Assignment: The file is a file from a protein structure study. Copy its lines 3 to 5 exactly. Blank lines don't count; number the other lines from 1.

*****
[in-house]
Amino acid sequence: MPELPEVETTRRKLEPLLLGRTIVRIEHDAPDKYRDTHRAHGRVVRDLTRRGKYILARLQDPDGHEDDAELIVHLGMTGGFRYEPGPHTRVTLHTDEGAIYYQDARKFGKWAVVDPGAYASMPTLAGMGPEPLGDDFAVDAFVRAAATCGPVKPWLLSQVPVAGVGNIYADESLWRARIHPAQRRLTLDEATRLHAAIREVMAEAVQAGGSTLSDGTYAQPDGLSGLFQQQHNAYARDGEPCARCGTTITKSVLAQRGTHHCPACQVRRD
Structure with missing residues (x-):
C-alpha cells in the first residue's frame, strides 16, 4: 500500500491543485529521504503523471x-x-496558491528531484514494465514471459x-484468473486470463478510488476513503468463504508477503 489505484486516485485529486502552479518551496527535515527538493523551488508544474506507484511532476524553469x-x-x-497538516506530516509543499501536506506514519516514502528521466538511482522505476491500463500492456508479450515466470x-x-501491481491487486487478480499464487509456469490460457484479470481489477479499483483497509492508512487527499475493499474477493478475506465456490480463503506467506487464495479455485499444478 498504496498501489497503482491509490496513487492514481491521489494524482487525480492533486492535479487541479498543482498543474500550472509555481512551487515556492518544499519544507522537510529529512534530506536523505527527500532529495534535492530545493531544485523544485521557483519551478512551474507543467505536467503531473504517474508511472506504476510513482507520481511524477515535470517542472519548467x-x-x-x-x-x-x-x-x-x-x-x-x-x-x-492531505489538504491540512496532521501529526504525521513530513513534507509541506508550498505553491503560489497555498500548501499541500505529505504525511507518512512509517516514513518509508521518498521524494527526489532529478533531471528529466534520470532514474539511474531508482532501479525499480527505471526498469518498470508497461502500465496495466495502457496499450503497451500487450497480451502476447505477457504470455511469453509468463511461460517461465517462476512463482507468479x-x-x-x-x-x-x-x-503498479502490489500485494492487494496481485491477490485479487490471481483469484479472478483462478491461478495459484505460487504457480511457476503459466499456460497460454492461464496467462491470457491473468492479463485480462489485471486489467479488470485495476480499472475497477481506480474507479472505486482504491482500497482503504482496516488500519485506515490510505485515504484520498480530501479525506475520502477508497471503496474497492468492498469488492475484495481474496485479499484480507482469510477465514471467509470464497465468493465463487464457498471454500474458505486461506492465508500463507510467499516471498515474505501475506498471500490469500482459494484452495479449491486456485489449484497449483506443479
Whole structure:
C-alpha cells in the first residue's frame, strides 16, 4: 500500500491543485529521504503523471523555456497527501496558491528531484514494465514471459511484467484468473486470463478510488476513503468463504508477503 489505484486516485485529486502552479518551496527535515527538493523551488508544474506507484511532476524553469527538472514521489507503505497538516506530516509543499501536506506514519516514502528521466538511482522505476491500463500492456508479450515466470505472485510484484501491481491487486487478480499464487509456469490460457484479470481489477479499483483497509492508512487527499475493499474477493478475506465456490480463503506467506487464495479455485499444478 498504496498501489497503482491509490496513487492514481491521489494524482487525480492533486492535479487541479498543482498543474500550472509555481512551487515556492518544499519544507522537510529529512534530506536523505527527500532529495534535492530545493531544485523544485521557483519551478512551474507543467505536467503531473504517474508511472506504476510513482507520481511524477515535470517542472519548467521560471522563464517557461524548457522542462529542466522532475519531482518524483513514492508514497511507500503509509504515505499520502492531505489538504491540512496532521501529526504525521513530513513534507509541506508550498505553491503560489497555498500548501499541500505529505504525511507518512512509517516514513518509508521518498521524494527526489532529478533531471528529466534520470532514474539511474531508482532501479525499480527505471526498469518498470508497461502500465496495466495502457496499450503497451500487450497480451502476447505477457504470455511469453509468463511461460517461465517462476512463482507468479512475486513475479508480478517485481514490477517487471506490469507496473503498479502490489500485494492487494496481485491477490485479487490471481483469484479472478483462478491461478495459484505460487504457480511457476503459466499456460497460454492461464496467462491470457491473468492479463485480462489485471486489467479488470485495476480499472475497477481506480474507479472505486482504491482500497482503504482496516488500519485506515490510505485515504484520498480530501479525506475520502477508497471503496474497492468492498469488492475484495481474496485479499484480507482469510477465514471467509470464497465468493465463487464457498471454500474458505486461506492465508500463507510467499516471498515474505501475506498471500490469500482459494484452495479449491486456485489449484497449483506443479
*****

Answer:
Structure with missing residues (x-):
C-alpha cells in the first residue's frame, strides 16, 4: 500500500491543485529521504503523471x-x-496558491528531484514494465514471459x-484468473486470463478510488476513503468463504508477503 489505484486516485485529486502552479518551496527535515527538493523551488508544474506507484511532476524553469x-x-x-497538516506530516509543499501536506506514519516514502528521466538511482522505476491500463500492456508479450515466470x-x-501491481491487486487478480499464487509456469490460457484479470481489477479499483483497509492508512487527499475493499474477493478475506465456490480463503506467506487464495479455485499444478 498504496498501489497503482491509490496513487492514481491521489494524482487525480492533486492535479487541479498543482498543474500550472509555481512551487515556492518544499519544507522537510529529512534530506536523505527527500532529495534535492530545493531544485523544485521557483519551478512551474507543467505536467503531473504517474508511472506504476510513482507520481511524477515535470517542472519548467x-x-x-x-x-x-x-x-x-x-x-x-x-x-x-492531505489538504491540512496532521501529526504525521513530513513534507509541506508550498505553491503560489497555498500548501499541500505529505504525511507518512512509517516514513518509508521518498521524494527526489532529478533531471528529466534520470532514474539511474531508482532501479525499480527505471526498469518498470508497461502500465496495466495502457496499450503497451500487450497480451502476447505477457504470455511469453509468463511461460517461465517462476512463482507468479x-x-x-x-x-x-x-x-503498479502490489500485494492487494496481485491477490485479487490471481483469484479472478483462478491461478495459484505460487504457480511457476503459466499456460497460454492461464496467462491470457491473468492479463485480462489485471486489467479488470485495476480499472475497477481506480474507479472505486482504491482500497482503504482496516488500519485506515490510505485515504484520498480530501479525506475520502477508497471503496474497492468492498469488492475484495481474496485479499484480507482469510477465514471467509470464497465468493465463487464457498471454500474458505486461506492465508500463507510467499516471498515474505501475506498471500490469500482459494484452495479449491486456485489449484497449483506443479
Whole structure: